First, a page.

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Updates and posts to this web site are delayed due to ongoing problems I am having with internet access. This is because of the degradation of the existing phone line infrastructure which it is hoped will be upgraded by the spring of 2017.

Sunday, 30 January 2011

New Squirrel Survey area

I've established presence and distribution over the area I've been surveying this last year and I'm moving on to the next section of forest.

This is an area of about 360 Hectares consisting of a wide mix of tree species with plantations ranging in age from approximately 5 to 30 or 40 years with some clear fell and also old Scots Pine forest.

Elevation is generally between 200 and 300 metres and presents a fairly wide range of habitat from a squirrels point of view.

The images to the left show an area at about 250 metres which is fairly open with a heath understory
and old pine remnants of the original Caledonian forest.

Other parts are dense with a mix of mainly Birch and a lot of self seeded conifers such as Sitka Spruce. This density of undergrowth makes it difficult to find possible feeding signs on the ground and I'm going to employ a new technique for establishing squirrel presence which I will elaborate on at a later date, when I have some early results.  



The main factor that determines where squirrels will be found at any particular time of the year is the availability of food. This is largely governed by the age of the plantations. Although squirrels may be found in one section with good cone crops they may be more or less absent from adjacent stands except to pass through them to get to other seasonal food sources.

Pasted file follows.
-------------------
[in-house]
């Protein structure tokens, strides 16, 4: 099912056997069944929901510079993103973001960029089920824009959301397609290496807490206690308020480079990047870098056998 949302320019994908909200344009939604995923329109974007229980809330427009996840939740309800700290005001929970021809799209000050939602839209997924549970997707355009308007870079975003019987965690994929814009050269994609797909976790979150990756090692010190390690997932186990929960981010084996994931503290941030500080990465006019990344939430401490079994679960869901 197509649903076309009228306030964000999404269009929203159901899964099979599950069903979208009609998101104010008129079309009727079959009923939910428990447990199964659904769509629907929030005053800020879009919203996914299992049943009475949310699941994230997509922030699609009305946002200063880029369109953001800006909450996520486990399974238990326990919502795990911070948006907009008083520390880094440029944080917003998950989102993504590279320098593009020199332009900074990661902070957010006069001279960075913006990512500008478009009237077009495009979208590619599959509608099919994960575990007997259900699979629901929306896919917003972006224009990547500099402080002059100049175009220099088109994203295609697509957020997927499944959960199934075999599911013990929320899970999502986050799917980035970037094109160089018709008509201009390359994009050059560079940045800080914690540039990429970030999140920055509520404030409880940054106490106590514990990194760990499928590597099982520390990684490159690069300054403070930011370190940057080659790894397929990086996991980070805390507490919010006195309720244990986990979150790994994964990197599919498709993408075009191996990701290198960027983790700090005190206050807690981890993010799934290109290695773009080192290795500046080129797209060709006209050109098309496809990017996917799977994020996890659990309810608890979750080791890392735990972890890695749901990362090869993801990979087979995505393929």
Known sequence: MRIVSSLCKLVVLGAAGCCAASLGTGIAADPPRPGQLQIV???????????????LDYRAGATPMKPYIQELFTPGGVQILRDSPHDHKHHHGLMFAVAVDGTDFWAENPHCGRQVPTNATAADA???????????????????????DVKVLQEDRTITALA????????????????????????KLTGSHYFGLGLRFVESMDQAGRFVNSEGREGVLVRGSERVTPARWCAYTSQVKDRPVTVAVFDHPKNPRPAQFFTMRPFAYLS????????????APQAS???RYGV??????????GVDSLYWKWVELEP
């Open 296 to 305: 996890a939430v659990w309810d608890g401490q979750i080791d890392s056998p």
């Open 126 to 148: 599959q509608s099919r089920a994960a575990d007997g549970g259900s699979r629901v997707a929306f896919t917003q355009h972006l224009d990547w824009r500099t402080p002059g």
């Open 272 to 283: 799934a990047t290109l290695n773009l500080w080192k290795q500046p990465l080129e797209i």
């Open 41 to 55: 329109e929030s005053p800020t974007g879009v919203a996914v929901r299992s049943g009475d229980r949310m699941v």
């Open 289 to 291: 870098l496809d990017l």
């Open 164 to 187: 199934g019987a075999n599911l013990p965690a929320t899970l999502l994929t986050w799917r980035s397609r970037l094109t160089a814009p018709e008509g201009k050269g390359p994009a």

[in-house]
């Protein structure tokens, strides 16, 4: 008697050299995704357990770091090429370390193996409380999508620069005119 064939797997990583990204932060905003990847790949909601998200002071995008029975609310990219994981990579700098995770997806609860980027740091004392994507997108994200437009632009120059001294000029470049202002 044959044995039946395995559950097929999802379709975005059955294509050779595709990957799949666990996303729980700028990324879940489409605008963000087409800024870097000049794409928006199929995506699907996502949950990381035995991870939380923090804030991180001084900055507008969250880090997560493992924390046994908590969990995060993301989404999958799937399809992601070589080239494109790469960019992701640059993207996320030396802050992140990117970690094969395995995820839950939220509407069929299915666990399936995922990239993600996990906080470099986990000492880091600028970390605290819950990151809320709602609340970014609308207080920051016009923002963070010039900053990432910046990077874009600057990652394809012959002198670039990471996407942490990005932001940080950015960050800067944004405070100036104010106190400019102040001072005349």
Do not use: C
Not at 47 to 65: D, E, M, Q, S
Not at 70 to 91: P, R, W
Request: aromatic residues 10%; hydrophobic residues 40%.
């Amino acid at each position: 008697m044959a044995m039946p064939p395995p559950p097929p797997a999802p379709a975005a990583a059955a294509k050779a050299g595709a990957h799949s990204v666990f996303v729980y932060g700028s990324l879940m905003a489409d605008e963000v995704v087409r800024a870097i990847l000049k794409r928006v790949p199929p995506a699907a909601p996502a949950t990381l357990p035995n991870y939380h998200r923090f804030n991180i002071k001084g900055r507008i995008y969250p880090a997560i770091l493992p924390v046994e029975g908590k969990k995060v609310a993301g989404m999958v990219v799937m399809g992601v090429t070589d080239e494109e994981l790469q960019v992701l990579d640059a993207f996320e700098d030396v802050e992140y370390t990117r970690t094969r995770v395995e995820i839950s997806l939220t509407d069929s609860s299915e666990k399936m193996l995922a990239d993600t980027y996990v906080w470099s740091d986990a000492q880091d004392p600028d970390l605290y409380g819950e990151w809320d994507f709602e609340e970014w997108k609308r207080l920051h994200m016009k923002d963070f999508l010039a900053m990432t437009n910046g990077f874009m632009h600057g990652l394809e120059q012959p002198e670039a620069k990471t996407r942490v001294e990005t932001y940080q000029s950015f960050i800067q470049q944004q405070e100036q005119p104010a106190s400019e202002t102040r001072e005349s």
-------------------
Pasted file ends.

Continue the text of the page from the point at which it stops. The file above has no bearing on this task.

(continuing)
Red Squirrels living in this type of habitat will favour in order of preference: Norway Spruce, Larch, Scots Pine, Douglas Fir and occasionally Sitka Spruce. They will also gravitate en masse to Hazel in the Autumn.

Red Squirrels are notoriously difficult to spot in this type of  fairly remote environment. They are not habituated to Human presence; and with dense canopy and understorey they are the masters of invisibility, staying prone behind a branch or trunk; as you move, so do they, always staying out of sight. The only occasions when you will spot them are when they cross a track at some distance or if they make a break through the canopy.

Consequentially there are large areas of forest and woodland in the Scottish Highlands which are under recorded or have no records of squirrel presence at all. This does not always mean they're not there!
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This web site is about the wildlife, particularly the mammals, of the Glen Affric National Nature Reserve area in the north west Highlands of Scotland, UK; and the equipment I use to search for them, which is chiefly trail cameras.

I provide a technical support and parts service for the Ltl Acorn range of cameras and the income from this provides for the upkeep of this site and the purchase of cameras for my own surveying.

I hope you find the site useful and informative; and please contact me if you have any questions that I haven't already covered.